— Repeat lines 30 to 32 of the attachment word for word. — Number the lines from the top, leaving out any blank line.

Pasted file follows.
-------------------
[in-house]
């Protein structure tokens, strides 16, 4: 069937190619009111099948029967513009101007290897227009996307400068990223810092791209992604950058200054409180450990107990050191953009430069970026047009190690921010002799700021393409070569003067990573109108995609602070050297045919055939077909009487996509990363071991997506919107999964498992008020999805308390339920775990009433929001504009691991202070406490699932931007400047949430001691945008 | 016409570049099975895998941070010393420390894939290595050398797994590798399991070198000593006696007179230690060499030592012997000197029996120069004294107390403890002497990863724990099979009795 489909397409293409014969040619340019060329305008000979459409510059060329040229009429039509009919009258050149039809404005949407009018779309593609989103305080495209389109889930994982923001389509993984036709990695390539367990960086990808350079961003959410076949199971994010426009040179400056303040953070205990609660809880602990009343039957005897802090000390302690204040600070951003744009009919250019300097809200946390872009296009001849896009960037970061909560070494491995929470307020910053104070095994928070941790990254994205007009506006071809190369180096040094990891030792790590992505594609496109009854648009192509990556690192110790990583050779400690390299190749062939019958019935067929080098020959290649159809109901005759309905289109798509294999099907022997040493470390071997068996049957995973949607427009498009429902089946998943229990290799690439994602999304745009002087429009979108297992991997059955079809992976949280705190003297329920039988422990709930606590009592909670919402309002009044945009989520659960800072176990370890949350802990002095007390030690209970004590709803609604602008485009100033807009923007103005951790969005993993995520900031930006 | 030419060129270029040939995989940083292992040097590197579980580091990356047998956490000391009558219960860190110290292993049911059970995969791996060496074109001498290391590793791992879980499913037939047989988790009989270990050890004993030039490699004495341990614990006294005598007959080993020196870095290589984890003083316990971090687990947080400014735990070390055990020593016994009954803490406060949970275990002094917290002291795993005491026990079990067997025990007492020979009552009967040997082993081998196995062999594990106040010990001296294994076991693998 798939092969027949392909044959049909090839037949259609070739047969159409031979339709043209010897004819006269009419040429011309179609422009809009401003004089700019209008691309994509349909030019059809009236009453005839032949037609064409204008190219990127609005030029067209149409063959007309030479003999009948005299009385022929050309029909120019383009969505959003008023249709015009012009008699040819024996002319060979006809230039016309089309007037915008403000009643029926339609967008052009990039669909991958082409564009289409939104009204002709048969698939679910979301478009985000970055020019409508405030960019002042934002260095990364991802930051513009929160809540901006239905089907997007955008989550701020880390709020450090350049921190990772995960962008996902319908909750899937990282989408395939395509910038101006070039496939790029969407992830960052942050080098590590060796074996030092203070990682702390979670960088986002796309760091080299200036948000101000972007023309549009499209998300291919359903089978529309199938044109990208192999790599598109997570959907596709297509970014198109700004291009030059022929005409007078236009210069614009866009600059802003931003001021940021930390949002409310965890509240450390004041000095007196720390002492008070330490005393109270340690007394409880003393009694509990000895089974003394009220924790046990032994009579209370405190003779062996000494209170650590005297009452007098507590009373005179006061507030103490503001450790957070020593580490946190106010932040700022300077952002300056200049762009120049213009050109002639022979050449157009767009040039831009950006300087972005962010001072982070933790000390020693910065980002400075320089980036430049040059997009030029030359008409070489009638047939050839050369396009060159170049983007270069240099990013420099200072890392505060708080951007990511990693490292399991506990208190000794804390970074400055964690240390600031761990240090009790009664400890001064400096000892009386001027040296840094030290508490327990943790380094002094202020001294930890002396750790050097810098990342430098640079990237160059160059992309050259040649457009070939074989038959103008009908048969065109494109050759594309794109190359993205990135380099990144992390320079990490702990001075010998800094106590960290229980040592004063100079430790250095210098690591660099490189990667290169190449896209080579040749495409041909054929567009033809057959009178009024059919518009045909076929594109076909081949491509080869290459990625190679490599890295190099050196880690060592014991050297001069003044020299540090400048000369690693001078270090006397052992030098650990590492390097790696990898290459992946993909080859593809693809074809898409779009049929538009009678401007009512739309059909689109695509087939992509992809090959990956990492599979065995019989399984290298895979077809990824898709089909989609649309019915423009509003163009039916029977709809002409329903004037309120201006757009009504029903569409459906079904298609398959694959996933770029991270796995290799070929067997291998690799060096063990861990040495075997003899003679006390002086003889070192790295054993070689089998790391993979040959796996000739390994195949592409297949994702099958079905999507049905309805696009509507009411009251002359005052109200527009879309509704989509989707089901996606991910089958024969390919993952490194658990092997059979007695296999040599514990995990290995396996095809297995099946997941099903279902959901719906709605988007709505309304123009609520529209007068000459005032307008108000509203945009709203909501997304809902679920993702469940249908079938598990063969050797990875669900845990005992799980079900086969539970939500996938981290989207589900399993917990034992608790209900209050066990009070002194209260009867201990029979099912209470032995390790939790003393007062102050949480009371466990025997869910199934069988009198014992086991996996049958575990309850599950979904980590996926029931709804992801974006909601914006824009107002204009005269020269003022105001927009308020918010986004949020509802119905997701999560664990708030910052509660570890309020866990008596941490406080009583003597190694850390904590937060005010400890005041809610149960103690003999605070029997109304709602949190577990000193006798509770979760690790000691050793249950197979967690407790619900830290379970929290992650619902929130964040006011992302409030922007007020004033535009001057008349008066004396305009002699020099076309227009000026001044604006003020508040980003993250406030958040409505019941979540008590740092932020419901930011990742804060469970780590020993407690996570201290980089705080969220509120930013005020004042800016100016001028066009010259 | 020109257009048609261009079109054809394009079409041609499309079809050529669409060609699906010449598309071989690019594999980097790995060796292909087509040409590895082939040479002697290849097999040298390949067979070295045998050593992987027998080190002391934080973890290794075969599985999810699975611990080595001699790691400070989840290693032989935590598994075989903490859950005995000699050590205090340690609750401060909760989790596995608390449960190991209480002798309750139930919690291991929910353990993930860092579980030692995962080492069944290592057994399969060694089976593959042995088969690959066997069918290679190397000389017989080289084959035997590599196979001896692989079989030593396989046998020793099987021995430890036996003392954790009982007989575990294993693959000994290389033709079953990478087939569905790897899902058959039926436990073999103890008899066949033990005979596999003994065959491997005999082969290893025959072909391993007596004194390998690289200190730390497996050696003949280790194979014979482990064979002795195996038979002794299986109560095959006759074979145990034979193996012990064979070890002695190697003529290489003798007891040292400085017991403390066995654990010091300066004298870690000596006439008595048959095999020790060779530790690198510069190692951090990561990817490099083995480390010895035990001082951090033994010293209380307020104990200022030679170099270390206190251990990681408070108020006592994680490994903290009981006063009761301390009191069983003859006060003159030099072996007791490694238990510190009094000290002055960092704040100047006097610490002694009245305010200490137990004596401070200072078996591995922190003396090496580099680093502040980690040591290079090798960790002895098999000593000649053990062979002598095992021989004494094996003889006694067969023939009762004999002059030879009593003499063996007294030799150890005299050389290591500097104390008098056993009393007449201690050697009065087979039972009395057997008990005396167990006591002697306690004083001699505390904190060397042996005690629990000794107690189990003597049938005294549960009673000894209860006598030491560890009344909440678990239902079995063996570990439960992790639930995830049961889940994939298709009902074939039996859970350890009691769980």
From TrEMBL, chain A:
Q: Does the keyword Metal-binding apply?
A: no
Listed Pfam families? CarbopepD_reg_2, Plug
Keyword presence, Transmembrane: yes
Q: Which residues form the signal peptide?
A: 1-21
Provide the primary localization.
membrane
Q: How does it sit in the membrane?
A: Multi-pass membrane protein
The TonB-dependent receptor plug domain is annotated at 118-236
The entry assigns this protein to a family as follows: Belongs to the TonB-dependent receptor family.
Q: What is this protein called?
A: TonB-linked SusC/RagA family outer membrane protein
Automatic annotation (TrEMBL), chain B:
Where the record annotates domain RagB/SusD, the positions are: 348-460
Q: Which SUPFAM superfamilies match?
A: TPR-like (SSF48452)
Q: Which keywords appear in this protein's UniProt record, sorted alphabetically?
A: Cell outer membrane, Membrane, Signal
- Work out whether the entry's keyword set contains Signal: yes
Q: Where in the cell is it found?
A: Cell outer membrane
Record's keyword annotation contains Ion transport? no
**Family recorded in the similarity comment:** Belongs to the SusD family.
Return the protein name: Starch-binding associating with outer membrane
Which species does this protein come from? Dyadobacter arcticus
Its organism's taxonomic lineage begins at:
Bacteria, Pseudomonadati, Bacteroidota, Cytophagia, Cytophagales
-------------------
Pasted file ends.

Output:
Which species does this protein come from? Dyadobacter arcticus
Its organism's taxonomic lineage begins at:
Bacteria, Pseudomonadati, Bacteroidota, Cytophagia, Cytophagales